Happy New Year PI activist friends. Ready for another year of resistance?
This is Marion Pack and I am the team leader for the Peacekeepers. When PI first started, I began organizing a peacekeeper team to help keep our demonstrations safe. It is a role I have likely played in hundreds of demonstrations and protests over my years of activism. Initially, I stood aside to support Laura Molinaro as team leader as, being a former police officer, she was even more experienced. When she could no longer keep up with her other commitments, such as leadership organizer with the Special Olympics, Laura stepped aside.
So things have come full circle, and I am again team leader. We seem to have had a lot of attrition in our peacekeepers. Besides many being overcommitted, especially this past year when many of us were working on campaigns, I think people do not feel comfortable in the role of peacekeepers. For that reason I am planning a peacekeeper nonviolence workshop. The date for the workshop will be Saturday, February 9th, from 10AM to 2PM. The location is yet to be determined, but likely it will be at Granite Peak Congregation if that date is open. There will be a half-hour break for lunch during which I will arrange lunch for a nominal price, or we can all bring our own bag lunches. (Please let me know your preference.) I will be recruiting people at the next two PI general meetings.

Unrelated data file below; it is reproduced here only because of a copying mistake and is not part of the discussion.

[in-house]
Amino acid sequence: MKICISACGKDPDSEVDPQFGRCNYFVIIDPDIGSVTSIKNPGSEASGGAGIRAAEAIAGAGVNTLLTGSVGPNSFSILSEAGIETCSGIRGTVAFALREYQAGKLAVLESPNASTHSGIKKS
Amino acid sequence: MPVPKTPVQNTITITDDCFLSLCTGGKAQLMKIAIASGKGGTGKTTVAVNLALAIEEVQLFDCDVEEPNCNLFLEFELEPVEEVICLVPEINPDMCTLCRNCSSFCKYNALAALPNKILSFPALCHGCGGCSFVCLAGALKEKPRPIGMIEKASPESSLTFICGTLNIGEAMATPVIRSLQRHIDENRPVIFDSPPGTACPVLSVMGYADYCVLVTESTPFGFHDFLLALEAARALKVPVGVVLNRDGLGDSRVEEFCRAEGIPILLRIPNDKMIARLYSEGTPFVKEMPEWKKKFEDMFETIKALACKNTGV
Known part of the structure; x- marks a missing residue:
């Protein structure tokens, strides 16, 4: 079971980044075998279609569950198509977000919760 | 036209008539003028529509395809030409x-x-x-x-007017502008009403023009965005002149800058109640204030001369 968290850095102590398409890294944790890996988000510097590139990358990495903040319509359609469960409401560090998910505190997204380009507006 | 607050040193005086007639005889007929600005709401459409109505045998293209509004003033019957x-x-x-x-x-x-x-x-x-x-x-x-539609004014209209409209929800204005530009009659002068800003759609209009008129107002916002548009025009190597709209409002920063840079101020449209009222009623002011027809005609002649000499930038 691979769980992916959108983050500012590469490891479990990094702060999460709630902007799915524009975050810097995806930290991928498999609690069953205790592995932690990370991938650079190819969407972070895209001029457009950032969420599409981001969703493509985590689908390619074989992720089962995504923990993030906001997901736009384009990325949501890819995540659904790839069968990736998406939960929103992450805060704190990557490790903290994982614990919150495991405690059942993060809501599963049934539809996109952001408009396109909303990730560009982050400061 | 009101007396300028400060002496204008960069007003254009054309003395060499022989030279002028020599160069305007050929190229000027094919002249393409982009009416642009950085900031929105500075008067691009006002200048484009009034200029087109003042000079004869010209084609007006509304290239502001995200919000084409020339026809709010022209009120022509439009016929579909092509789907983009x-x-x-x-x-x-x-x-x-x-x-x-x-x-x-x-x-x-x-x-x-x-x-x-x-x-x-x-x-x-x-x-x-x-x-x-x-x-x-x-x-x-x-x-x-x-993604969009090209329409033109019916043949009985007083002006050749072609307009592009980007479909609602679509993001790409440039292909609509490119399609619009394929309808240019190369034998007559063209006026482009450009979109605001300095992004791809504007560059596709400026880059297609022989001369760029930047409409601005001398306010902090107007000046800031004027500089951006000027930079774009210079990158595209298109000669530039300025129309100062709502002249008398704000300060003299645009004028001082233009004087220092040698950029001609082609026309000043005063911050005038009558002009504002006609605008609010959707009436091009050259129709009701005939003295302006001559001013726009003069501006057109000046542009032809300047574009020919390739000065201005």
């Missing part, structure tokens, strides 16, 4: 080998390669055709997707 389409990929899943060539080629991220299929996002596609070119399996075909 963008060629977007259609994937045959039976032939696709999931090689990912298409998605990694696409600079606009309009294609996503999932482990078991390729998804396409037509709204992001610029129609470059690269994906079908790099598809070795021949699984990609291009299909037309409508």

So why such a long workshop? Peacekeepers play varied roles depending on the type of action. We will cover how effective non-violent tactics can be used in many situations. For this reason I want to present some historical background and lead a discussion on the kind of nonviolent civil resistance that has been effective in past social justice campaigns.
I have always viewed successful past movements as being comprised of four actions: 1) Education – We need to know the issues if we are going to be effective speaking about them. 2) Demands for legislation – Communicating with elected officials and sharing our concern, needs to be followed with a request or demand that they share our concern and take legislative action. 3) Speaking truth to power through marches, vigils, and boycotts draws attention to the cause. 4) Non-violent civil disobedience – Nonviolent civil disobedience has been a part of all past successful struggles for justice and human rights. I am not advocating that risking arrest is the right action for everyone.It may be for some.
In struggles for social change these four steps open a wide choice for people’s activism. We know we are most likely facing two more years of Trump, his administration, and the scary rise of fascism at home and in the world. We must continue to speak truth to power. Silence is complicity.
Contact: Marion Pack (email@example.com)